WHO Deems Human Spread of H5N8 Bird Flu Low

The World Health Organization on Friday said there is low risk of human-to-human spread of the H5N8 strain of bird flu, after a case of the virus being transmitted to people was recorded Feb. 20 in Russia.  
The WHO statement comes after seven workers were infected at a poultry plant in Astrakhan, near the Volga river. According to Russian state media, the workers became mildly unwell with sore throats.  
“All seven people… are now feeling well,” said the Anna Popova, head of Russia’s consumer health watchdog.
She added that adequate measures were taken quickly to stop the spread of the virus and that there were no signs of transmission between humans.
“All close contacts of these cases were clinically monitored, and no one showed signs of clinical illness,” said Popova.  
According to WHO, outbreaks of the same strain were reported last year in poultry or wild birds in Britain, Bulgaria, the Czech Republic, Egypt, Germany, Hungary, Iraq, Japan, Kazakhstan, the Netherlands, Poland, Romania and Russia.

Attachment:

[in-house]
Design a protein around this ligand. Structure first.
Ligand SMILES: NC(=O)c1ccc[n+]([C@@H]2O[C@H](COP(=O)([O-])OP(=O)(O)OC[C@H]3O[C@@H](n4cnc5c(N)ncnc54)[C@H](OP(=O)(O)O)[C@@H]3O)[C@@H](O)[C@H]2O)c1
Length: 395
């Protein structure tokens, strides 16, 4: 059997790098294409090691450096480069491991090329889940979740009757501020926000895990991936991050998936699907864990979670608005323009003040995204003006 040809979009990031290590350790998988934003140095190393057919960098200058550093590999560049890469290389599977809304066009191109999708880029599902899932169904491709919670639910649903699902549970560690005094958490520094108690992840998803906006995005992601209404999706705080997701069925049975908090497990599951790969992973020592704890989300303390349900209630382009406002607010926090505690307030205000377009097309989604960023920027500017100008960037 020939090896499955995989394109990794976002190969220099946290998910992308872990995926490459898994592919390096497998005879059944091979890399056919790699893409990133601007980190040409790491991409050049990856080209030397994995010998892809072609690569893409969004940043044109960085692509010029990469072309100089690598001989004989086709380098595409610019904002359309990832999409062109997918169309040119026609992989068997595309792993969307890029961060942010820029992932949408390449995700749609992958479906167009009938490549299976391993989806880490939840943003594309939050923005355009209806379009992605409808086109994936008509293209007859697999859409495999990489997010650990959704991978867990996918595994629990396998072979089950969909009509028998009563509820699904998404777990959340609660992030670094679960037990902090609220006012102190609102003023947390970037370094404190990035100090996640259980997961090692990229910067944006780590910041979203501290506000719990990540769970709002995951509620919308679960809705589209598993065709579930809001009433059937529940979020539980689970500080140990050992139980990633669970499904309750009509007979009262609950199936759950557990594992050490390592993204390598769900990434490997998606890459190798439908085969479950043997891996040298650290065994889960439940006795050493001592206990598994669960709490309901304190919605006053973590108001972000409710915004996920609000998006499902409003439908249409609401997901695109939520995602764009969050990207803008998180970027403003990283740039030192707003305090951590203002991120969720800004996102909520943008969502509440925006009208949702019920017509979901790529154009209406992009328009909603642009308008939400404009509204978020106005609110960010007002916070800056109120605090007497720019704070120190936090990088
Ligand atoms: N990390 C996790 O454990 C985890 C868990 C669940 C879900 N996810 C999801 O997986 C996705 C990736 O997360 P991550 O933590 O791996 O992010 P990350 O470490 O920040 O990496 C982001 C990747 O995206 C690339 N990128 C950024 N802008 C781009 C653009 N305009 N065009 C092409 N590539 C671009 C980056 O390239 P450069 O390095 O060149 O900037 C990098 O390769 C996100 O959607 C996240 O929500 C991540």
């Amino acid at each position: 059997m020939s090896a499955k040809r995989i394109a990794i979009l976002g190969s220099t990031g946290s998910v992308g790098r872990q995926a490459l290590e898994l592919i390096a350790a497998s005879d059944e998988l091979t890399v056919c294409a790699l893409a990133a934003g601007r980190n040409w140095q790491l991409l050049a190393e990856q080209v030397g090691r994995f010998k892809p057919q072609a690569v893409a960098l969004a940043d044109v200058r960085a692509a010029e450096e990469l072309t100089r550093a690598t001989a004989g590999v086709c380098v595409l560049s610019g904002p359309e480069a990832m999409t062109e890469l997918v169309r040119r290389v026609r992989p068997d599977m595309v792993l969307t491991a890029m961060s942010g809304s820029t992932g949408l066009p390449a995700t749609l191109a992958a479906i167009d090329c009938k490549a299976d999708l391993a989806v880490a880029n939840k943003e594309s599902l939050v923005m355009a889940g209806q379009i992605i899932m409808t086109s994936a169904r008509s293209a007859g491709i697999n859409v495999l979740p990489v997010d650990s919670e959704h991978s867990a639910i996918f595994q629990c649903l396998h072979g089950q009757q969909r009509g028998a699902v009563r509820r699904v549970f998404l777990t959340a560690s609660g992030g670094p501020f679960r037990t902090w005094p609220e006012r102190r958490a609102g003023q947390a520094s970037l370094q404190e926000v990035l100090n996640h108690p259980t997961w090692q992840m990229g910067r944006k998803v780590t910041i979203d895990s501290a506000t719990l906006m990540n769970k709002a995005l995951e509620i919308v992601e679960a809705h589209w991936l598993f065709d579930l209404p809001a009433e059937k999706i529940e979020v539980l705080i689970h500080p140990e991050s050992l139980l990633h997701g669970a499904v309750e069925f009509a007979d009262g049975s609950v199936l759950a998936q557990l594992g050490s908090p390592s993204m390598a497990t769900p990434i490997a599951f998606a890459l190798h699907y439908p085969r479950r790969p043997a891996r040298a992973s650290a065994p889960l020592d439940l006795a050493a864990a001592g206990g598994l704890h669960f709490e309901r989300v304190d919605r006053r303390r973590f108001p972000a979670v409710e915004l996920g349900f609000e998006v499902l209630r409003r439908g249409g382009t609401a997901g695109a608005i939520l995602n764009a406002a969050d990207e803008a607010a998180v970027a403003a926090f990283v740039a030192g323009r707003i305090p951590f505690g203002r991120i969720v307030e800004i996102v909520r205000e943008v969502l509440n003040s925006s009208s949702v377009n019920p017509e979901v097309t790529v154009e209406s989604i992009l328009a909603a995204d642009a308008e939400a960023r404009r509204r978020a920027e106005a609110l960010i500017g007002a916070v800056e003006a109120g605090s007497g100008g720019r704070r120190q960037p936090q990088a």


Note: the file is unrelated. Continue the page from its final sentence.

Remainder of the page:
Avian flus typically only affect birds and there are multiple strains of bird flu.  
A separate strain, H1N1, spread worldwide among humans in 2009 and 2010, leading to the WHO declaring it an influenza pandemic. The outbreak was mild among humans but deadly among poultry.  
Most cases of human infection come from contact with infected poultry or surfaces contaminated with infected bird saliva, nasal secretions, or feces. 

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